he addresses each by her own name. O, mad state, he drove it from hence with

wretched Arts, which have only served to these words: 'Go, vile beast, by whom introduce hiin as an Acquaintance to the I am utterly brought to perdition ! Stygian Waters !” And afterwards, this dog, which had “So,” says Mr. Morley, “like a been so familiar with him, and been his pagan, spat the priest upon the Chrisassiduous companion in his travels, was tian's grave !". no inore seen; because, after the com- Cornelius Agrippa, doctor, knight, mand Agrippa gave him, he began to and magician, is one more name to run toward the Seine, where he leapt be added to the list of martyrs who in, and never came out thence; for died contending for free thought and which reason it is supposed he was free speech against the papal hierarchy drowned there. In perpetual testimony and the darkness of the times in whicb of his base and depraved life, there has he lived.



WILL not begin at the beginning

and describe how, in my boyish days, I sported with Miss Cilly Busse. I will not describe tow we used to romp together, go to dancing-school together, and reciprocato all those little innocept endearments usual between children of nearly the same age and opposite sexes.

Nor will I pause to depict my feelings, when, in a game of forfeits and with

much difficulty, I succeeded in kissing Miss Cilly Busse. I will not, furthermore, take up the time of the reader by showing that, from the age of eleven up to nineteen having been at school and college, I saw nothing at all of Miss Cilly Busse. Nor, lastly, will it be necessary to show how, at the age of nineteen and a-balf, coming bome proud of my college honors and youthful dandyism, I met Miss Cilly, domiciled in my native town of Lilyville. Having now givon the public soine insight into the preliminary situation of affairs, by the usual auctorial method of saying that I would not, I will go on with the narrative, as well as an unpracticed pen, and a naturally digressive habit of mind, will per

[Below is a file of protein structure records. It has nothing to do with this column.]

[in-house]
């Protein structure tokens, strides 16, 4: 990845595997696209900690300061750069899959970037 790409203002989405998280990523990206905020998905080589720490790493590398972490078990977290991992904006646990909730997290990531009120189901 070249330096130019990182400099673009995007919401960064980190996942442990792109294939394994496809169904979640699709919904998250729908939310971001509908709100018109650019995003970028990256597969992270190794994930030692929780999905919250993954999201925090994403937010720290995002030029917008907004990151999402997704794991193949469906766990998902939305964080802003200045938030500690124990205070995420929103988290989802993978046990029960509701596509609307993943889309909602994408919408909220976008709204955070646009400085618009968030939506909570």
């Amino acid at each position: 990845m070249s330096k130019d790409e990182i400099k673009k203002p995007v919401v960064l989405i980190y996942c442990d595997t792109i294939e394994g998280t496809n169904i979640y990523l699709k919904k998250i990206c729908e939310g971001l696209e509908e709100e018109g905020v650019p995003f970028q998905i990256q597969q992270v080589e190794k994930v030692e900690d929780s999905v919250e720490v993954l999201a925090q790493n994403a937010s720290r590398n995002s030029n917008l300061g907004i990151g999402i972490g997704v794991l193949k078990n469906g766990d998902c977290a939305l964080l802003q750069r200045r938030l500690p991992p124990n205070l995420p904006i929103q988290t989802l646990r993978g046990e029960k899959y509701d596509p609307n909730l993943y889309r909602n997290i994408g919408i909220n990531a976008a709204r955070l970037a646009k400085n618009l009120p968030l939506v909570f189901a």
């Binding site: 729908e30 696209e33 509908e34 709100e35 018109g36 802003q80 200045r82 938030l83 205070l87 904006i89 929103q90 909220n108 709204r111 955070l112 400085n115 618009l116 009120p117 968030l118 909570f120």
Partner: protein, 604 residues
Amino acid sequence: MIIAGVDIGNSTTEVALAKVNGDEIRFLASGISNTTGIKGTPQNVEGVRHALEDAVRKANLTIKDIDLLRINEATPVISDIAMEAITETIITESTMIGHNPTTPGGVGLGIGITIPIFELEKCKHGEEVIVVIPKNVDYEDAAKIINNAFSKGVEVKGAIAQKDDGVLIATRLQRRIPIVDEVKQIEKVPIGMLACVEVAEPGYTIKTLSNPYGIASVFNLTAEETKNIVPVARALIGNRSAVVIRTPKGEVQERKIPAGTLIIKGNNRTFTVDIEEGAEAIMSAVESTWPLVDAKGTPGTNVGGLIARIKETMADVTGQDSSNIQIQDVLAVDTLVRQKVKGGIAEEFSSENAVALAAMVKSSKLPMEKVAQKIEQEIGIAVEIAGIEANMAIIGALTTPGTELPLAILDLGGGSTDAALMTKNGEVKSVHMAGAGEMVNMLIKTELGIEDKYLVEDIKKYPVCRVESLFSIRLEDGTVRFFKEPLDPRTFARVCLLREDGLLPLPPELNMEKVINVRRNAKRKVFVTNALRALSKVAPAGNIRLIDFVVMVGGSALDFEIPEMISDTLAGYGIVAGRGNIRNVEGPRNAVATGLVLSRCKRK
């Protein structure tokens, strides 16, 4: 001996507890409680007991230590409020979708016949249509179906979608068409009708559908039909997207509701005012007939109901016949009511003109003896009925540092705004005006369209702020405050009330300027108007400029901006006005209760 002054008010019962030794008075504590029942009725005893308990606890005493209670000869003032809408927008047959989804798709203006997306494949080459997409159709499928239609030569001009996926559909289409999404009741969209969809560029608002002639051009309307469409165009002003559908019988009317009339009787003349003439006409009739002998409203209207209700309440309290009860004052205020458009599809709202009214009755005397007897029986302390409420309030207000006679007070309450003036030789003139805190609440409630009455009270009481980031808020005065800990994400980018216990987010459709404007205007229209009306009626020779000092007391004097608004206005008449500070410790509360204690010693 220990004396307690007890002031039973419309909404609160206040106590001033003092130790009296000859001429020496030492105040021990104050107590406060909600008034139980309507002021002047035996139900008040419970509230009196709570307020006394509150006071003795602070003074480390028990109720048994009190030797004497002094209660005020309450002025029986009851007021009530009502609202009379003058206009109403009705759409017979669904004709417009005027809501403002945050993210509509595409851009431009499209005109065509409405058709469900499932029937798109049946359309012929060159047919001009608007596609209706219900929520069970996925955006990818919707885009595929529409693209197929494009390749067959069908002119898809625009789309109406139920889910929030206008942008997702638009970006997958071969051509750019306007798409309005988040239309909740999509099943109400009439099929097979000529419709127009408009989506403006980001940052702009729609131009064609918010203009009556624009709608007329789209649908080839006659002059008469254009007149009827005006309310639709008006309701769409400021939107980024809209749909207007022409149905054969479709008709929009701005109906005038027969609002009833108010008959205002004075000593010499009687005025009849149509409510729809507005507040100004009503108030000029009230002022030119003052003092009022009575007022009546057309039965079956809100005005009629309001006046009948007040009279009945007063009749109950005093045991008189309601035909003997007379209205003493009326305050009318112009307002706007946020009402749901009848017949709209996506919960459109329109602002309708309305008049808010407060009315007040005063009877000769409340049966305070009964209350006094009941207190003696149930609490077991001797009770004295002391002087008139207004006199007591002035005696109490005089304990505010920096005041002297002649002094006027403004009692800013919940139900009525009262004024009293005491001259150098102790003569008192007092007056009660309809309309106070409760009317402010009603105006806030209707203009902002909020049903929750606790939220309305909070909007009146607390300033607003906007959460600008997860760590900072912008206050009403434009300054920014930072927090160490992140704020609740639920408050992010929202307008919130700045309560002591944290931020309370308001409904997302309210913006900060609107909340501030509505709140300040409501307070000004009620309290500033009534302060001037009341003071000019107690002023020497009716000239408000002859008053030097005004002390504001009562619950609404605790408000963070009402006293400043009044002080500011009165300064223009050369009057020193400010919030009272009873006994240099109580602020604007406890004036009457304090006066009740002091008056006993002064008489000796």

not yet recovered my pitying dismay at tho small regard which the world in general paid to classics, moral philosophy, and metapbysics ; when the first faint visions of a moustache came over my mind, and I daily examined with solicitude the soft down of my upper lip; when I enjoyed the novel excitement, and knew not of the agonies of shaving; when my watch-chain did not hang in sublimo independence far in front of my legs; in those happy days I renewed my intimacy with Miss Cilly Busse.

Her mother and elder sisters kept a small girls' school, in which Miss Cilly was a sort of supernumerary, that is, she attended to the wardrobes, general deportment, and occasionally, the moral principles of the pupils, and took any class which happened to be without regular instruction.

Miss Cilly was not one of your foolish, rattling, laughing girls, who fasci. nate gentlemen by being amused with everything said or done. She had a proper idea of the majesty of human nature, and, though not above an occasional joke, regarded life with poetical earnestness and romantic gravity. She had ideas on the subject of moral

mit me.

When I had just left collega, and